|Our Caribe "car" with a load of Iban visitors|
Our Iban friend Jampie made his own boat 5 years ago. He went into the jungle, cut the tree down and then cut the timber into long planks. These were left to dry out and then he built his boat. That tradition continues, though this year we were surprised to see new styles emerging - boats clearly built for speed. This year, the young men are building small racing boats, practicing for a competitive regatta to be held on the river in July. Though the designs are new, they're assembled with the same skills used by their fathers.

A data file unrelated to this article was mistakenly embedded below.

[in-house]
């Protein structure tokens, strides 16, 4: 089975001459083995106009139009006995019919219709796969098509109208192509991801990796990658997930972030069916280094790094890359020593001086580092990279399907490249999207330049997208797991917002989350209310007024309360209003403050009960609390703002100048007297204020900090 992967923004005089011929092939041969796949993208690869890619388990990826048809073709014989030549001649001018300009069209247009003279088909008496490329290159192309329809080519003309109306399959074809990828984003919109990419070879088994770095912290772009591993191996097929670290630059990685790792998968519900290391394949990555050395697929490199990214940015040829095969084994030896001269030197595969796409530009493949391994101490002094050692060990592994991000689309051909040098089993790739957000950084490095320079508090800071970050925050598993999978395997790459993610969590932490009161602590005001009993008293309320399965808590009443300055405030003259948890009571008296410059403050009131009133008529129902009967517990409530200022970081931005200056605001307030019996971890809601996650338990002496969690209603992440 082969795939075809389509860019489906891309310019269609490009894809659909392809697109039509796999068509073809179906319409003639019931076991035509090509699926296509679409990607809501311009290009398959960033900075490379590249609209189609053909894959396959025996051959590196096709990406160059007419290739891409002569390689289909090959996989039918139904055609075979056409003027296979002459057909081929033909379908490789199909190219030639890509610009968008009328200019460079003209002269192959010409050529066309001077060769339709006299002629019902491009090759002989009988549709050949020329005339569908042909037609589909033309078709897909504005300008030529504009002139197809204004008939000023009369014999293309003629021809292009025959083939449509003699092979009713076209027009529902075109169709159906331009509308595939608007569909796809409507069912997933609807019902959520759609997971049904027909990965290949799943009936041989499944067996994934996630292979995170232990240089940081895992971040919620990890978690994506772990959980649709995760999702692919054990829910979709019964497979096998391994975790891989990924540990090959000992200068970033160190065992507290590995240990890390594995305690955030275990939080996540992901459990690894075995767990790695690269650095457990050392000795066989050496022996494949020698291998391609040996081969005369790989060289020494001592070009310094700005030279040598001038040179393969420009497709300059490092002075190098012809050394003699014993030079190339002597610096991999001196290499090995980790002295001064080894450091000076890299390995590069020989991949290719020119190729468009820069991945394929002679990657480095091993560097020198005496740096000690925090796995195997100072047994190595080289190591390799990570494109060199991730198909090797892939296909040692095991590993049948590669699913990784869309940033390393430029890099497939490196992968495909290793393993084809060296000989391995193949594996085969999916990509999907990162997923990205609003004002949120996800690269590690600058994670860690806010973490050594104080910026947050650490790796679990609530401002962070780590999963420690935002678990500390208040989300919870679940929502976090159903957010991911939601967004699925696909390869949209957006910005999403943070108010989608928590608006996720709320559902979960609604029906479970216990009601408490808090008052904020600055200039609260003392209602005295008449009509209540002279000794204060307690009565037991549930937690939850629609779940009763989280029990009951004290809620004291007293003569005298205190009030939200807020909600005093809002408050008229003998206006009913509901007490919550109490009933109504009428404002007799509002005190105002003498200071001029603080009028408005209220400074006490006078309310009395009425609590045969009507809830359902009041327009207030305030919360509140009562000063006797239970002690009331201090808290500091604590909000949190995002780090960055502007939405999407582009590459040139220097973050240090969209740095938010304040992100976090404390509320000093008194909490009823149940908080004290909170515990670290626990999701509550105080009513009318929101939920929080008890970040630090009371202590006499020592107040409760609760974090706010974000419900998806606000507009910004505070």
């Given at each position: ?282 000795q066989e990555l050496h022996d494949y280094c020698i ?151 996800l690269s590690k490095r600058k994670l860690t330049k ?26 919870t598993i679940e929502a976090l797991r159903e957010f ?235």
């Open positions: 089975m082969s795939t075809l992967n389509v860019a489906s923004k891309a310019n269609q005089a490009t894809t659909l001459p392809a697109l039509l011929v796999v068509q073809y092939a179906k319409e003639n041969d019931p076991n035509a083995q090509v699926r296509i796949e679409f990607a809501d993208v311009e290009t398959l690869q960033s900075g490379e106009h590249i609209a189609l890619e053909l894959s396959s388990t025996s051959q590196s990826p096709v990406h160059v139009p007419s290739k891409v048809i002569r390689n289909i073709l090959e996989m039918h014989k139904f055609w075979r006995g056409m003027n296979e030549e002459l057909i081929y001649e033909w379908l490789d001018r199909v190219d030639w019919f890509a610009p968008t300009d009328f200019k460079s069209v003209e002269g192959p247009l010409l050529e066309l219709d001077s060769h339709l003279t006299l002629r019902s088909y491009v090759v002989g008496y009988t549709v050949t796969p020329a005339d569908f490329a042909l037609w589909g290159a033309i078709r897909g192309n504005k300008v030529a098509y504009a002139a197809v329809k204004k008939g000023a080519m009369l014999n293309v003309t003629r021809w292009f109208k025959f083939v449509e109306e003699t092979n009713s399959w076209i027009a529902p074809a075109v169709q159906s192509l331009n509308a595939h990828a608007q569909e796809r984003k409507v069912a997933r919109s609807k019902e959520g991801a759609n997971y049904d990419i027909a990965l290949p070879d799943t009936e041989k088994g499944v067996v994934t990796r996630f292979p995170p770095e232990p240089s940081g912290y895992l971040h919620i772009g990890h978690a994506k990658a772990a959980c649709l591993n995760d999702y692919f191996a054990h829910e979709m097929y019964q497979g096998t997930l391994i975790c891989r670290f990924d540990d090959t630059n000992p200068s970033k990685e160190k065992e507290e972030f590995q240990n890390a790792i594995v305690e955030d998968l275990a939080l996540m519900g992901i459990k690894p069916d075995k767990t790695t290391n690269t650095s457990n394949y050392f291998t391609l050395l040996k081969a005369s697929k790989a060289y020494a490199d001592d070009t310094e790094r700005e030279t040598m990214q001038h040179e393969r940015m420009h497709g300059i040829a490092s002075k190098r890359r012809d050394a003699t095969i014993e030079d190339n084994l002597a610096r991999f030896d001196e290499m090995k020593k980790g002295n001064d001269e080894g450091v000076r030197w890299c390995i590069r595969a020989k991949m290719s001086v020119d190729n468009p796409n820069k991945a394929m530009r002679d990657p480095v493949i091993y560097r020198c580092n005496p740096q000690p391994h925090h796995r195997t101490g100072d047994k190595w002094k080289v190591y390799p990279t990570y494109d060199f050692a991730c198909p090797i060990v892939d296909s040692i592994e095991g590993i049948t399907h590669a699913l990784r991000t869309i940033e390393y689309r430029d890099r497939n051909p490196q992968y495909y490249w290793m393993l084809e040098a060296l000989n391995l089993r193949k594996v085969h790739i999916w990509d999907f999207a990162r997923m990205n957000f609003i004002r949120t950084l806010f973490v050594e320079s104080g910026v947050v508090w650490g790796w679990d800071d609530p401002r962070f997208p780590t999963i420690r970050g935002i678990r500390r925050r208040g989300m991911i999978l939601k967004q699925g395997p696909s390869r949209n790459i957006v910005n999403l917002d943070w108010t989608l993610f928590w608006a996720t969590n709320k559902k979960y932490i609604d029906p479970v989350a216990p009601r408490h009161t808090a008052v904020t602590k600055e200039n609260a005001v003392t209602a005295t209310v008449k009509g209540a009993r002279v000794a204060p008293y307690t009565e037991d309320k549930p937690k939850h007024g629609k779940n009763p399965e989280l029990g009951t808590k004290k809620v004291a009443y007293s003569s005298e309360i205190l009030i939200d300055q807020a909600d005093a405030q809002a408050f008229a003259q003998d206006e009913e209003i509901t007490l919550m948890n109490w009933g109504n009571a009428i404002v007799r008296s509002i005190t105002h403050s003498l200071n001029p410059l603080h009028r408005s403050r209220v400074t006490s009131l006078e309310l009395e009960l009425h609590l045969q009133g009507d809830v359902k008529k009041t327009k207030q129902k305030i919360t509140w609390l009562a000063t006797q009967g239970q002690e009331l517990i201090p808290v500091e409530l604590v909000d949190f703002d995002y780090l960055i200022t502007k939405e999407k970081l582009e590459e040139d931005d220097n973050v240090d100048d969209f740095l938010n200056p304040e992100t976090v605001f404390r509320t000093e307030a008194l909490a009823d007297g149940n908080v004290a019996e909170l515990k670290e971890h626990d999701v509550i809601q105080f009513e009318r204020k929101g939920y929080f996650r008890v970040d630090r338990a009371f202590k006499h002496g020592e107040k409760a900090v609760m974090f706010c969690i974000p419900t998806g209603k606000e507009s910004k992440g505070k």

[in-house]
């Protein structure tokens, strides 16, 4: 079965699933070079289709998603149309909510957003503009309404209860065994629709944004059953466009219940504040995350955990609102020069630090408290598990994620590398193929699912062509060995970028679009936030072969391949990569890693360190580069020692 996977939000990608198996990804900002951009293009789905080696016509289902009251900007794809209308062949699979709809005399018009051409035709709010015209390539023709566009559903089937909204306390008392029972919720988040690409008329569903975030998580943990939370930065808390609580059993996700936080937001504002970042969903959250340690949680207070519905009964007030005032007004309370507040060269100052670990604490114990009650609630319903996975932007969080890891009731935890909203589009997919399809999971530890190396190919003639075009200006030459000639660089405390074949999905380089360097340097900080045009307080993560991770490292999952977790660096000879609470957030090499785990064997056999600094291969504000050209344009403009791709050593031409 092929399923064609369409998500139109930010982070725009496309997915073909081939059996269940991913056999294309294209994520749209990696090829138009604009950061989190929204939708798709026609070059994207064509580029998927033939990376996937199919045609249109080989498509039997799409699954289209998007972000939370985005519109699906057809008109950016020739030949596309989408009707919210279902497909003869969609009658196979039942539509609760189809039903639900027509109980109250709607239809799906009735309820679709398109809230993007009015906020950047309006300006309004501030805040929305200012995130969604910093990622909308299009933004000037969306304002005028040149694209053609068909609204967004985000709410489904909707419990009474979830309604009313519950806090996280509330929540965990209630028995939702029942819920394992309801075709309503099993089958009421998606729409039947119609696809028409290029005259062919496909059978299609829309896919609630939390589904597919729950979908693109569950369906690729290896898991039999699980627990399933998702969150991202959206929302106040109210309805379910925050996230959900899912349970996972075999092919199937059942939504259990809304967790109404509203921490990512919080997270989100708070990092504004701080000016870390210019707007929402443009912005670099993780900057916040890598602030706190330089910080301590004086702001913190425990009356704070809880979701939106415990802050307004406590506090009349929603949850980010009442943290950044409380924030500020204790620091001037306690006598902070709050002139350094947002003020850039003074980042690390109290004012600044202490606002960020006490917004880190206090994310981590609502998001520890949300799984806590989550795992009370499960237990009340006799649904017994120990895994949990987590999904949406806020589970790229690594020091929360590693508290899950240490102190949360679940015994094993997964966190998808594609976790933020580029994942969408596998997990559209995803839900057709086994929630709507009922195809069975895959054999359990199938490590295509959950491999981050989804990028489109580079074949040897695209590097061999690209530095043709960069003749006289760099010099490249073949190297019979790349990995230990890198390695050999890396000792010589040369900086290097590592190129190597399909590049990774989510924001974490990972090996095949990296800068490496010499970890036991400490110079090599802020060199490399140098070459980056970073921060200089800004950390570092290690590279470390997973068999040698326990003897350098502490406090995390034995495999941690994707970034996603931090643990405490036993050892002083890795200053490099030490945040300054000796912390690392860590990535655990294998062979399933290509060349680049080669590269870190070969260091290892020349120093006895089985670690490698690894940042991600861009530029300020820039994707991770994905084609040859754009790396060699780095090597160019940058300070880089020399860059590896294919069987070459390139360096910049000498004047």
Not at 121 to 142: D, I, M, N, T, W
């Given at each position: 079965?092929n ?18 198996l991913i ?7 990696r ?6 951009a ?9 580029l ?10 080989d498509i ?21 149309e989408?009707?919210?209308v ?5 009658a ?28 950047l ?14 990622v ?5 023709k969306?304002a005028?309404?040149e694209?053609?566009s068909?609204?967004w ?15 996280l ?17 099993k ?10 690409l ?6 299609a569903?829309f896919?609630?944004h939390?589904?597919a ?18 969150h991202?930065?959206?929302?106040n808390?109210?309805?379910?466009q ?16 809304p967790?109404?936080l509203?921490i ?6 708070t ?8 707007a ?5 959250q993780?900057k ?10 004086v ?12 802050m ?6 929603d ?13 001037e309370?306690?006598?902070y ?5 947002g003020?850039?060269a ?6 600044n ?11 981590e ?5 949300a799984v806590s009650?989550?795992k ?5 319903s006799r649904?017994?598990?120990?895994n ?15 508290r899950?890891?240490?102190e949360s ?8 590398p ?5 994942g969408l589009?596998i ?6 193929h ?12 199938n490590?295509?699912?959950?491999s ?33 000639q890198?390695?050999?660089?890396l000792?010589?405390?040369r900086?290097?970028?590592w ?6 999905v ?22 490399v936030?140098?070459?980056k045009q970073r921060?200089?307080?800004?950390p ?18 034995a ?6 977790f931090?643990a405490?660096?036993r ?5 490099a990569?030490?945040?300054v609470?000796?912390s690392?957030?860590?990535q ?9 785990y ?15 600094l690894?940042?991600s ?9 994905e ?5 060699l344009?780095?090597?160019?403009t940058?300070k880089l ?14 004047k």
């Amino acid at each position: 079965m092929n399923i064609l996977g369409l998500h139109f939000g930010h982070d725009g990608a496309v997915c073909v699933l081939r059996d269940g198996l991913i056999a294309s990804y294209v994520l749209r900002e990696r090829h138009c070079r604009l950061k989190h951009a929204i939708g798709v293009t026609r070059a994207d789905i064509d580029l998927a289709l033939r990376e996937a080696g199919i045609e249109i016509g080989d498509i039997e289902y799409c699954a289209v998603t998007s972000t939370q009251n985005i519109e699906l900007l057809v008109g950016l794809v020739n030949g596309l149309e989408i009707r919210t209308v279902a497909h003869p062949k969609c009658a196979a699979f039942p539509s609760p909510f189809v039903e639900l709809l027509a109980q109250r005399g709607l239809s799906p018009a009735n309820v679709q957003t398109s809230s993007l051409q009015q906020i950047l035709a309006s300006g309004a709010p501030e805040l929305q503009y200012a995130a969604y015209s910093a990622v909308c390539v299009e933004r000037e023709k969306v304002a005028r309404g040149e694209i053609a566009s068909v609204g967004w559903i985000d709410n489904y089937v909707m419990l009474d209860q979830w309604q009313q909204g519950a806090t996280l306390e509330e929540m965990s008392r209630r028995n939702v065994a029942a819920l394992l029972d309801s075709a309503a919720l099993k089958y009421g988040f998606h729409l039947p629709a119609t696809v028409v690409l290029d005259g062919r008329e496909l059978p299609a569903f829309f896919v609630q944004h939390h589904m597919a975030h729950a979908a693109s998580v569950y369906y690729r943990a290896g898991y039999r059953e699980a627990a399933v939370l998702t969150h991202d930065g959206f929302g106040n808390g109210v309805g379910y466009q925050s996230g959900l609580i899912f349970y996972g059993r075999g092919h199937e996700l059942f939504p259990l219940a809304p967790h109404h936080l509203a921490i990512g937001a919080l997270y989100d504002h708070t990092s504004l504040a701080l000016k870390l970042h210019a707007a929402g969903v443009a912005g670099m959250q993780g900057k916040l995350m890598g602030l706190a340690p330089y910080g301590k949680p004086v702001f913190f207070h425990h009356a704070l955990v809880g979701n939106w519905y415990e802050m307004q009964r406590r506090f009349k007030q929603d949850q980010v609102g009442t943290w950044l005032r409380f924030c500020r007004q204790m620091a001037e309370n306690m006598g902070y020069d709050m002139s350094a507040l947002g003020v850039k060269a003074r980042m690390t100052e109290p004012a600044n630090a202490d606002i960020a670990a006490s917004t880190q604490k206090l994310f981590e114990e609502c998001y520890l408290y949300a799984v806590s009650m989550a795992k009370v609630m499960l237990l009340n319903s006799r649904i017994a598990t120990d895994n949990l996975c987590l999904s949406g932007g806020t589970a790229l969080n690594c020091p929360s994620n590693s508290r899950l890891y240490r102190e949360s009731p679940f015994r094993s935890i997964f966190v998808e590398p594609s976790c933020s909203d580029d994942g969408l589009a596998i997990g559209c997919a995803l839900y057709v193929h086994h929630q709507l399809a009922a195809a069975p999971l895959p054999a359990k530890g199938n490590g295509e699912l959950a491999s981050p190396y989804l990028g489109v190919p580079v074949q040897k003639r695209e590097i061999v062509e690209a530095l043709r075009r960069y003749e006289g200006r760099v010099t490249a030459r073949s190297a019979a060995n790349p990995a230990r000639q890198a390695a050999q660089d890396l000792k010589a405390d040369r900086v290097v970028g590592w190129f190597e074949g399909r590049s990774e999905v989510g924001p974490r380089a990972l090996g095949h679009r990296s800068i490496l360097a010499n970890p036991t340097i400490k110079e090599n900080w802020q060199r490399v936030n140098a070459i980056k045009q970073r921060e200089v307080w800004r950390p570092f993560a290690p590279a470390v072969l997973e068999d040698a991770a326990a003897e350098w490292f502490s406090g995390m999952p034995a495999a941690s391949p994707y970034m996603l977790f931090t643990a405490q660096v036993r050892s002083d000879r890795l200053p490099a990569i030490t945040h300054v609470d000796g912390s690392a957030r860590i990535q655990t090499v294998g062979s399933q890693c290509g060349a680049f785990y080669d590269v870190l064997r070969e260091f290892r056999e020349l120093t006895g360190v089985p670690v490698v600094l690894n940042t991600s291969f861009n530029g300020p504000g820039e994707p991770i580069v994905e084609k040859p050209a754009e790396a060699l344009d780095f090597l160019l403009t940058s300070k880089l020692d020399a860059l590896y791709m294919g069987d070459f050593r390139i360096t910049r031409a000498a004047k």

Each boat uses a small (standard) chinese manufactured petrol engine, air cooled with a single cylinder. Propeller selection and hull shape seems to be up to the builder. Every day this week they've been carried down to the river and tested, sometimes with dramatic results. Iban boats are usually steered by a single paddle, held over the side. These new boats have rudimentary rudders with a basic rope steering system. These afternoon practice sessions are great entertainment for the locals - big and small, old and young, the community crowds the dock, offering words of encouragement and helpful suggestions. There is always alot of laughter. Neil uses our dinghy as the "crash" boat. He has towed a few boats back to the dock and was instrumental in one rescue where the driver flew out of his boat whilst turning too sharply. The boat sped off into the jungle along the riverbank. It was totally hidden in the undergrowth and a machete was called for to hack a path into it. All the time the engine was roaring away - no safety cut out switches here.